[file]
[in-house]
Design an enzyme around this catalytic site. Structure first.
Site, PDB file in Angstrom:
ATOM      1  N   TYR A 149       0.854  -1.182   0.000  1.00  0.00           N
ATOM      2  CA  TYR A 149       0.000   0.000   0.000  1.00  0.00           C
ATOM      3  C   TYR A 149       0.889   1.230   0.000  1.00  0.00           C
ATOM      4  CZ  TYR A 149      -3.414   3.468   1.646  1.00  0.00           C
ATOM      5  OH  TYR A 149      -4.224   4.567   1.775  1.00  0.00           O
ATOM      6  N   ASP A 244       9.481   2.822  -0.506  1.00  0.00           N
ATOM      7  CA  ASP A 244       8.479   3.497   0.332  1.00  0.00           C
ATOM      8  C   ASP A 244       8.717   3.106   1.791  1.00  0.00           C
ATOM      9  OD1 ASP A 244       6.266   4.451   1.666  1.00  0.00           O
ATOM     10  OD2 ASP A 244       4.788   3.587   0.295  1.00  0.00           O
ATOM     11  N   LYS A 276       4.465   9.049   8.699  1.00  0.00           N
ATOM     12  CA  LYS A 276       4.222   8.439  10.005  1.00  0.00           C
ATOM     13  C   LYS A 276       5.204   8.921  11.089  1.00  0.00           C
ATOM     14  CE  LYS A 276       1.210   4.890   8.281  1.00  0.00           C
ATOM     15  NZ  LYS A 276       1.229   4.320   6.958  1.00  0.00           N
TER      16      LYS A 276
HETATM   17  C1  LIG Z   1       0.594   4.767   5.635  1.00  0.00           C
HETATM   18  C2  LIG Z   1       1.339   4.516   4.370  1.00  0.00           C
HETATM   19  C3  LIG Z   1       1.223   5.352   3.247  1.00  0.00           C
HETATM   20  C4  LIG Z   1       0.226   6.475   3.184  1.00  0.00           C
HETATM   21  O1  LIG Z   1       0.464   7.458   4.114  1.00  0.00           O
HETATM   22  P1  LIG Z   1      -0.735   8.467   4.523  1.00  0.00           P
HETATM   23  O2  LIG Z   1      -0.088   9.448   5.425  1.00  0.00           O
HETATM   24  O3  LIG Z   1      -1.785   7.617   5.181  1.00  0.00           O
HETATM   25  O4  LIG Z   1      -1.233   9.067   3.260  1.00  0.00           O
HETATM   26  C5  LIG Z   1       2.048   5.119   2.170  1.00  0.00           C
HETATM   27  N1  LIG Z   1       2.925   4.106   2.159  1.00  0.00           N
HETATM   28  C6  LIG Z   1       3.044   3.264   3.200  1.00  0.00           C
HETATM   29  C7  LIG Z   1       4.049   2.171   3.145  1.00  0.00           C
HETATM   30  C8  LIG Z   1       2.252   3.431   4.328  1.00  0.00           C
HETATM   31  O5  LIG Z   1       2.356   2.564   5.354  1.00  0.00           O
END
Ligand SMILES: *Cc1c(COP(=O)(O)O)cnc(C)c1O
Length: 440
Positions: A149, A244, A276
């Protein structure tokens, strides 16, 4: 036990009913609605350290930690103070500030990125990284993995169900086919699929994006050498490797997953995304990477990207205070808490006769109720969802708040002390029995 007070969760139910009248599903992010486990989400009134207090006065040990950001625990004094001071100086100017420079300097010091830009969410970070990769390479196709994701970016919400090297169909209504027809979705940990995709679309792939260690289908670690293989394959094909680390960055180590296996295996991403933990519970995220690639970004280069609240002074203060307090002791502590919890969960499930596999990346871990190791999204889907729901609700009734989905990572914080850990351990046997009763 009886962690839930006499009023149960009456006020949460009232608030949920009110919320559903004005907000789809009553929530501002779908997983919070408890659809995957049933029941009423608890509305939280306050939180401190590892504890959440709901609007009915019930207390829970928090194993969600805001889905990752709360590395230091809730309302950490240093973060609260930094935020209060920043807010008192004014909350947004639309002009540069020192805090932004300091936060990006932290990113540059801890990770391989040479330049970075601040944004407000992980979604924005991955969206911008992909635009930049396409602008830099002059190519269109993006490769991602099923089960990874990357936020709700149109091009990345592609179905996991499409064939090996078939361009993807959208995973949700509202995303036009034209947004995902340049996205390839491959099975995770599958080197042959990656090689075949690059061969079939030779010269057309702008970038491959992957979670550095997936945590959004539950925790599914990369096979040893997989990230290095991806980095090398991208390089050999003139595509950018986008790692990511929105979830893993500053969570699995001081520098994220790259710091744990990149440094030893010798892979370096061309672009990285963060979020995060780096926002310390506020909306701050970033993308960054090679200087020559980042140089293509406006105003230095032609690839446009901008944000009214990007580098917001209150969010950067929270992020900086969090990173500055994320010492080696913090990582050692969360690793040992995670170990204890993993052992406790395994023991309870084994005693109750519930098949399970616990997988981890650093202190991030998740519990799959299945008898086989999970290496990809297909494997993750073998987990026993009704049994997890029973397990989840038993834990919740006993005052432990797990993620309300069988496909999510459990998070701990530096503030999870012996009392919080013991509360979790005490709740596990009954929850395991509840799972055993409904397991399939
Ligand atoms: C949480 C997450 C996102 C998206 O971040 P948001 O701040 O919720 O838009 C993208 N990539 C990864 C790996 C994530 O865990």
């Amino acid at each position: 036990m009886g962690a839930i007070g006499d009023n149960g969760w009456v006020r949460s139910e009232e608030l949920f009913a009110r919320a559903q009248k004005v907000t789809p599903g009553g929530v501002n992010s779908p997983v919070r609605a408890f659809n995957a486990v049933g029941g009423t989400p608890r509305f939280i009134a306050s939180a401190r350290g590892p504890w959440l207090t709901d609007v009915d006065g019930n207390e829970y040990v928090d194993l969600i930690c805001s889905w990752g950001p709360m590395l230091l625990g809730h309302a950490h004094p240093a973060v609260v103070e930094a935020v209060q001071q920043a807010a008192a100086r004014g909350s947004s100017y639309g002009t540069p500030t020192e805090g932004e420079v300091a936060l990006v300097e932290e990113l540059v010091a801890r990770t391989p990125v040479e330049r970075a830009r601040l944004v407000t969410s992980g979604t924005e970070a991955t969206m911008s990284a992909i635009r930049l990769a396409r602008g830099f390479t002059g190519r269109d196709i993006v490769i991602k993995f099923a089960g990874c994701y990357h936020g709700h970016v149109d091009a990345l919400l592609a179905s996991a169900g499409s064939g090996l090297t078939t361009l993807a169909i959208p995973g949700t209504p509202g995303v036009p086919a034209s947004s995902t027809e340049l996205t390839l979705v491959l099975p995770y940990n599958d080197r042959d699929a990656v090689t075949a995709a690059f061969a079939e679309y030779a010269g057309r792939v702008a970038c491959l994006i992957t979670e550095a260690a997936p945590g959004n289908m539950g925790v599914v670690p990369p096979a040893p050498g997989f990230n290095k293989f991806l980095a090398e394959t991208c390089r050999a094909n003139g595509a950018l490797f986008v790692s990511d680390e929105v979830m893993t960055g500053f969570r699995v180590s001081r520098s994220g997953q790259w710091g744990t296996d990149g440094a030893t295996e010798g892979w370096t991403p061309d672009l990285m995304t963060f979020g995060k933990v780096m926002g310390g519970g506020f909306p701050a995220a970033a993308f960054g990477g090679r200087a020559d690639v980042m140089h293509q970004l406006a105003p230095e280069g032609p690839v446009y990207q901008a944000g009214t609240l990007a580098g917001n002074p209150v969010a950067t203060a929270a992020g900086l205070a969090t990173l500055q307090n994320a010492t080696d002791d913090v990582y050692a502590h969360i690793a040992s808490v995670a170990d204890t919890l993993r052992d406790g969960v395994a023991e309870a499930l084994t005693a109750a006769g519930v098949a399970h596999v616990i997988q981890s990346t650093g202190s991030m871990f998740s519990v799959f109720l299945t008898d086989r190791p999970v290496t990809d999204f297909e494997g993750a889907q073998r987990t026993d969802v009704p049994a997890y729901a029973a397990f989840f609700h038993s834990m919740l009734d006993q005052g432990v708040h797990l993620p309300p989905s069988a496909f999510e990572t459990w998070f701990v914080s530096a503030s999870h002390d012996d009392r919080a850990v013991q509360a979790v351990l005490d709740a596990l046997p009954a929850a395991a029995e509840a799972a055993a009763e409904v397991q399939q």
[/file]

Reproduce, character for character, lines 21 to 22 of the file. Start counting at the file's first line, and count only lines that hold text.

HETATM   18  C2  LIG Z   1       1.339   4.516   4.370  1.00  0.00           C
HETATM   19  C3  LIG Z   1       1.223   5.352   3.247  1.00  0.00           C